Running Out Of Oxygen (III). Prof. Denning’s Answer

Scott Denning

Professor of Atmospheric Science, Colorado State University

In reply to Patrice Ayme

Patrice Ayme,

Thank you for this thoughtful comment. I agree with almost all of what you’ve written, and you seem to agree with almost everything I wrote in the article.

First and foremost, I completely agree that burning forests is a terrible thing for many reasons. You are quite correct that CO2 produces carbonic acid in the oceans in addition to heating the climate. Also, as you write, without strong policy to eliminate CO2 emissions it is likely that carbon in permafrost will thaw and decompose over a period of some centuries.

For all of these reasons, it is urgent that we decarbonize the entire world economy as soon as possible. The nations of the world have agreed to limit warming to no more than 2 C above preindustrial temperatures, and have also indicated that they prefer a target of 1.5 C. Achieving this means driving CO2 emissions to near zero in the next 20 years.

Indeed forest clearing is a part of CO2 emissions, perhaps 10%, and the recent fires in thee Amazon are a fraction of that 10%. But let’s not forget the other 90% too!

Regardless of our 100% agreement on these facts, calculating the effect of fossil fuels and warming on atmospheric oxygen is a matter of arithmetic.

Every atom of carbon that is burned or decomposed consumes one molecule of oxygen. There are about 35 x 1018 molecules of oxygen in the world, but only about 1.7 x 1017 moles of organic carbon on land – yes, this estimate includes all of the carbon in permafrost.

If (God forbid!) all of the terrestrial organic matter on Earth were to burn – every plant, microbe, leaf, and grain of frozen muck – the loss of oxygen would be (1.7 x 1017) / (35 x 1018) = about 0.5%.

It would certainly be possible to measure the change from 100% of our current O2 to 99.5%. But of course there would be nobody to make such a measurement since everyone would already have been oxidized!

Regarding the oceans, carbonate chemistry has no effect on dissolved oxygen. Only the organic parts of marine organisms participate in the CO2 and oxygen dance of photosynthesis and respiration.

If all life on Earth were to perish, in some kind of planetary disaster the likes of which have never happened in all the long story of our blue gem, then indeed the remaining air would eventually become anoxic. This would happen over geologic time as the minerals themselves slowly oxidized.

I have dedicated my professional life to explaining the climate crisis, to researching the problem and possible solutions, and to writing and speaking about the urgency of a just transition to a carbon-free civilization. A fair reading of the article will show I am no sycophant of catastrophe.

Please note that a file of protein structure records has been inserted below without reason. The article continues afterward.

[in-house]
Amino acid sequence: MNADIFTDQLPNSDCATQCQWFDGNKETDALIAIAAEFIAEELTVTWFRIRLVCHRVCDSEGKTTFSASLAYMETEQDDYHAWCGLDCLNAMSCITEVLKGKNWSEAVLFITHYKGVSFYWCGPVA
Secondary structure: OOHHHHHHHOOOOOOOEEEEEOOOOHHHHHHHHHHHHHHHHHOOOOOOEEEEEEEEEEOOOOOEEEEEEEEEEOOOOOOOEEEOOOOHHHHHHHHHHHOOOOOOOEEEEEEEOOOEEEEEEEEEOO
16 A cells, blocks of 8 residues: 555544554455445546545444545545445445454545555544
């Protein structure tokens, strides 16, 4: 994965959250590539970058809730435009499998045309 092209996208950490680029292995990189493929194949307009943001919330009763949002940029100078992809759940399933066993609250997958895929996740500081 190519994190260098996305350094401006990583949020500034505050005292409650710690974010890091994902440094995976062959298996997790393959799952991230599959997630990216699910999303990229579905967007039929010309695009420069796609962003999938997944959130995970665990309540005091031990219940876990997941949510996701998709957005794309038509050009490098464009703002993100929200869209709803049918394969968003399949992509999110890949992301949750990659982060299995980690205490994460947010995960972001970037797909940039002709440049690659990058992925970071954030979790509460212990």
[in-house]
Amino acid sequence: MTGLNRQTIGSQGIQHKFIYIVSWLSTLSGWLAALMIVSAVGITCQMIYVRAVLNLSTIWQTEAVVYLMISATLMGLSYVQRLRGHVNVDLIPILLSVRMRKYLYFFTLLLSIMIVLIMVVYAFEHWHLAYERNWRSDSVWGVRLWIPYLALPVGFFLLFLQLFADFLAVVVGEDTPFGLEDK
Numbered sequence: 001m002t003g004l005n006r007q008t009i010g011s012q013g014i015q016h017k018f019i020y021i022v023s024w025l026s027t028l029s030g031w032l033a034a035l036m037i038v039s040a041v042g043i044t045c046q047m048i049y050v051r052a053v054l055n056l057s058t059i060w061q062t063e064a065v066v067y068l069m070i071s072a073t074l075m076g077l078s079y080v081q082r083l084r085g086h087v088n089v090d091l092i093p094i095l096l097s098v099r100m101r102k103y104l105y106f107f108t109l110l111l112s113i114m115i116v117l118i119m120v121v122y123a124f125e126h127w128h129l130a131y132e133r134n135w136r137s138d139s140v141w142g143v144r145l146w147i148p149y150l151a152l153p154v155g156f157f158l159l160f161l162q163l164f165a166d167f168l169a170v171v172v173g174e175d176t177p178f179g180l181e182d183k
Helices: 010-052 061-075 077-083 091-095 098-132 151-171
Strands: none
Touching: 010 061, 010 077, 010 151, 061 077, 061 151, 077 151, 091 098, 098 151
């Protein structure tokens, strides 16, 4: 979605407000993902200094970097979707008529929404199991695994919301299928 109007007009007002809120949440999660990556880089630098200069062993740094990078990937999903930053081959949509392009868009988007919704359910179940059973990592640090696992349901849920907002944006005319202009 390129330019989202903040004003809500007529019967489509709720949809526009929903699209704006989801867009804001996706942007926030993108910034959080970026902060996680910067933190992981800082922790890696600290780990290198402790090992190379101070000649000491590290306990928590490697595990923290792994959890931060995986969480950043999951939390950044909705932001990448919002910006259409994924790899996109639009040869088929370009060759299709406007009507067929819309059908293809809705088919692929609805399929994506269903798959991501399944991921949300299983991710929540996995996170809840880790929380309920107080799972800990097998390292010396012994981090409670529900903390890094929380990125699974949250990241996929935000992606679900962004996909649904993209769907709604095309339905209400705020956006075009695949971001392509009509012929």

But it’s simply not true that there is now or any time in the coming thousands of centuries any reason to expect atmospheric oxygen to become scarce.

Best regards, Scott Denning


Here is a picture of (melting) permafrost on Herschel island:


Dear Professor Denning:

Thank you for your kind and considerate answer. This is how communications about the fate of Earth’s biosphere should be done:frank and thorough. I thank you for your time. 

When I wrote my comment, I was actually aware of the alleged “official in 2019”, quantity of carbon in the permafrost which is the core of your logic…

Here is what the International Panel On Climate Change says on this, Sept 24, 2019:

 Arctic and boreal permafrost contain 1460–1600 Gt organic carbon, almost twice the carbon in the atmosphere (medium confidence). There is medium evidence with low agreement whether northern permafrost regions are currently releasing additional net methane and CO2 due to thaw. Permafrost thaw and glacier retreat have decreased the stability of high-mountain slopes (high confidence).

I am very skeptical of the permafrost carbon number. Moreover, there is more “carbon” which can rot away in regions which are cold now, although not frozen.

Well, I disagree strongly with professor Denning’s position, and I have a strong philosophical argument or two, going that way, and several half-baked scientific points too, which I can add to the mix and which boost my philosophical positions (all of this in coming essay(s)).  I do not believe professor Denning and his colleagues have any counters to all these points.

Yes, I believe we can run out of oxygen on the scale of at most a few centuries, the way things are going, and I can prove it. Sort of. Let’s say it’s definitively in the realm of possibilities.

First a reminder, six years old:

I don’t think we know for sure how much carbon is in permafrost, by an order of magnitude.. Melting permafrost, Herschel island, Canada, 2013…

Patrice Ayme


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